For the next little while, we’ll be profiling the folks who are the backbone of Great Outdoor Provision Co. Though their roles may differ — from outfitting you for adventure, to managing stores, to determining the gear we carry — they share one uniting trait: a love of outdoor adventure. Today: Travis Zarins, Vice President of Merchandise and part of the owner management team at Great Outdoor Provision Co.
Travis Zarins learned the importance of functional gear while he was a ski instructor at Cataloochee in the North Carolina mountains. “A lot of the time when you’re skiing in the North Carolina mountains it’s not freezing and snowing, it’s 36 degrees and raining. I ended up with a Seattle Sombrero” — a hat more commonly found on hikers in the rain — “and black Gore-Tex rain pants” — more typically worn on backpack trips and long hikes in wet climes.
Travis worked as a part-time ski instructor while also working at the Great Outdoor Provision Co. store in Charlotte’s Park Road Shopping Center. Great Outdoor did a pretty good job of outfitting the southern ski instructor, considering it doesn’t deal in snow sports.
His winding up at Great Outdoor was, however, appropriate considering his outdoor apprenticeship growing up in Concord. “We lived in a pretty much undeveloped area. We had a creek running through the backyard and we were surrounded by woods. My brother and I would leave in the morning and not come back until night.” Nearby Lake Norman was a popular destination, especially for weekend escapes, and after college at UNC Charlotte he got into whitewater paddling, encouraged by his brother, who was working at the Nantahala Outdoor Center. He’s also done some mountaineering, climbing 14,410-foot Mount Rainier in Washington in 2001.
We caught up with Travis upon his recent return from the Outdoor Retailer Summer Market in Salt Lake City to learn about his role as V.P. of Merchandise.
Q. How long have you been with Great Outdoor Provision Co? How did you get started?
I started working part time at the Park Road Shopping Center store in Charlotte. Part time led to full time, which led to a position running the former store in Durham, then helping to open the Chapel Hill store in 2005. I eventually moved into buying sportswear, outerwear and lifestyle footwear, then became Vice President of Merchandise in 2011. In 2013, I was part of the four-member management team that purchased Great Outdoor Provision Co. from founder Tom Valone.
Q. As V.P. of Merchandise, are you responsible for every piece of gear in all 9 stores?
Our four Product Managers — Amy Quinn, Rich Chisholm, Bittu Ali and Scott Wood — do the homework and make most of the individual selections. I provide the view from 10,000 feet as we look at the metrics of their buys and merchandise plans, prioritize vendors and coordinate any marketing and merchandising needs.
Q. How do you and the four Product Managers decide, from the multitude of gear and clothing options, what makes it onto Great Outdoor Provision’s shelves?
We like getting the best stuff out there. It’s stuff we like — we’re all users, which helps. It’s hard to put a finger on what exactly we look for. We just have to look at it and think, “You know what? I’d like that.”
Q. You’ve just returned from the Outdoor Retailer Summer Market in Salt Lake City, where manufacturers display their lines, including their new stuff. Can you name a new item or two in the past that you saw beforehand and knew immediately would be a hit?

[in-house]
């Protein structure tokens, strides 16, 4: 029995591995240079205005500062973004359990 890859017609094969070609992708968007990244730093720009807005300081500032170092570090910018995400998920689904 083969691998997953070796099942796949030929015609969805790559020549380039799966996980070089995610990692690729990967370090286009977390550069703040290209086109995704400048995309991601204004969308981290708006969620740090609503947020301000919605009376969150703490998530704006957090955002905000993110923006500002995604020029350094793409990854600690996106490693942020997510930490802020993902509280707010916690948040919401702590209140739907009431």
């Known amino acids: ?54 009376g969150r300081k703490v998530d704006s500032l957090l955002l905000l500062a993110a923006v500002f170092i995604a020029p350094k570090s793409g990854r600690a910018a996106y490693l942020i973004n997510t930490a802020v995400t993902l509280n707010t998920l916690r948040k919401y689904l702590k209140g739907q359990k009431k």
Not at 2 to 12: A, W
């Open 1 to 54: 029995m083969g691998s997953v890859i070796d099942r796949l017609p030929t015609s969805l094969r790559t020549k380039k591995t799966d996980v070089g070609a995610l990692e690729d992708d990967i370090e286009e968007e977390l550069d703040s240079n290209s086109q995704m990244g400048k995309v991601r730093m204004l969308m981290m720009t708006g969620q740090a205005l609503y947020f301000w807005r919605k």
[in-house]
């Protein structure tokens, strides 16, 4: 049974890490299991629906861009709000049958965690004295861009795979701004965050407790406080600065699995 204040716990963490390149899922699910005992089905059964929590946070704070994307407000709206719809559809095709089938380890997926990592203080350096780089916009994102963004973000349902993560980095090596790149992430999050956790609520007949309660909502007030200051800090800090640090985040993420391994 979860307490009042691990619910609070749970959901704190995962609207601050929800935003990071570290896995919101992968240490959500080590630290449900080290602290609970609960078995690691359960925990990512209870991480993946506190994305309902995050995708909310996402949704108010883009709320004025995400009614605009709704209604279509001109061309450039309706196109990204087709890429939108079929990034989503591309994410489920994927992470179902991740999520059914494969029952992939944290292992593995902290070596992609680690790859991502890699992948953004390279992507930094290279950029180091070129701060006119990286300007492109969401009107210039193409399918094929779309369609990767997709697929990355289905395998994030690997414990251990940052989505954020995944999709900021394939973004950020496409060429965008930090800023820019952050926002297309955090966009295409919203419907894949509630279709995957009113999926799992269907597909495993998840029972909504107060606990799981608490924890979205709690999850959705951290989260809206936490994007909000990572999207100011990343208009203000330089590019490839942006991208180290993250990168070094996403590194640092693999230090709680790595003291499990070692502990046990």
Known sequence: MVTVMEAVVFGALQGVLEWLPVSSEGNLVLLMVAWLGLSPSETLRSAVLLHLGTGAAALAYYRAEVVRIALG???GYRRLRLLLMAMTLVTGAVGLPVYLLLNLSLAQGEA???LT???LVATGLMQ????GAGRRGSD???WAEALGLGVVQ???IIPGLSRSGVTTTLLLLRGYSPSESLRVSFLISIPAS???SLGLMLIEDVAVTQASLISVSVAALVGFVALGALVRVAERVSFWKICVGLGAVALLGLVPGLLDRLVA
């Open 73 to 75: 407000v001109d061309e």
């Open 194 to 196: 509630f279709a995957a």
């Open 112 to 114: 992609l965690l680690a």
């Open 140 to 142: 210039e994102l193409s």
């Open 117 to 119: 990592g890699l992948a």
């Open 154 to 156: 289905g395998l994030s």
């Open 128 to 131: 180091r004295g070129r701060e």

We had Waldies, which became Crocs, before they were popular. We stocked Vibram’s FiveFingers shoes about a year and a half before they caught on. Of course, the problem with being the first is that customers look at it and say, “What they heck is that?” So it can take a while to catch on and sell. The same with camping hammocks: we looked at those years ago and thought, “Cool!” We were also ahead of the game with HydroFlask and Smartwool socks.
And, of course, we were there from the start with Patagonia. We started in 1972, Patagonia got going about the same time, expanding from just climbing hardware into clothing and other gear. We had the same ethic and we’ve been tightly aligned ever since. We’ve had Mountain Hardwear since the beginning as well.
Q. Anything you thought would be big — and wasn’t?
Occasionally. Whenever that happens, it’s always a mystery. It’s usually a good product, but for whatever reason it just doesn’t catch on.
Q. What did you see in Salt Lake that excited you?
Gregory is coming out with a new line of lightweight backpacks in the spring. And I got to ride a Onewheel, a one-wheeled motorized board.
Q. How has gear changed not just since you started in 1996, but from when you were first a user, cavorting in the woods of Concord?
Everything has just gotten better. I remember when I first started selling backpacks you’d be carrying 70 pounds on your back. The packs, the sleeping bags, the sleeping pads — everything is getting lighter, which makes backpacking so much easier and accessible. It’s not nearly as hard on your feet and back.
When I started there was no such thing as a softshell. That is, material that breathes more than a waterproof hardshell, but is more water resistant than fleece. That’s been huge. Insulation has gotten a lot better. The Nano Puff blocks wind, is water resistant and weighs next to nothing. Fleece, fleece has gotten better, too.
Q. What are your favorite pursuits currently?
Well, we have 6-year-old twins to chase around, so I haven’t done a lot of whitewater paddling recently. I run, but yeah, we mostly run around after those two.
Q. Got a favorite place to play?
I love Umstead Park. Umstead is a fantastic resource to have right here in town.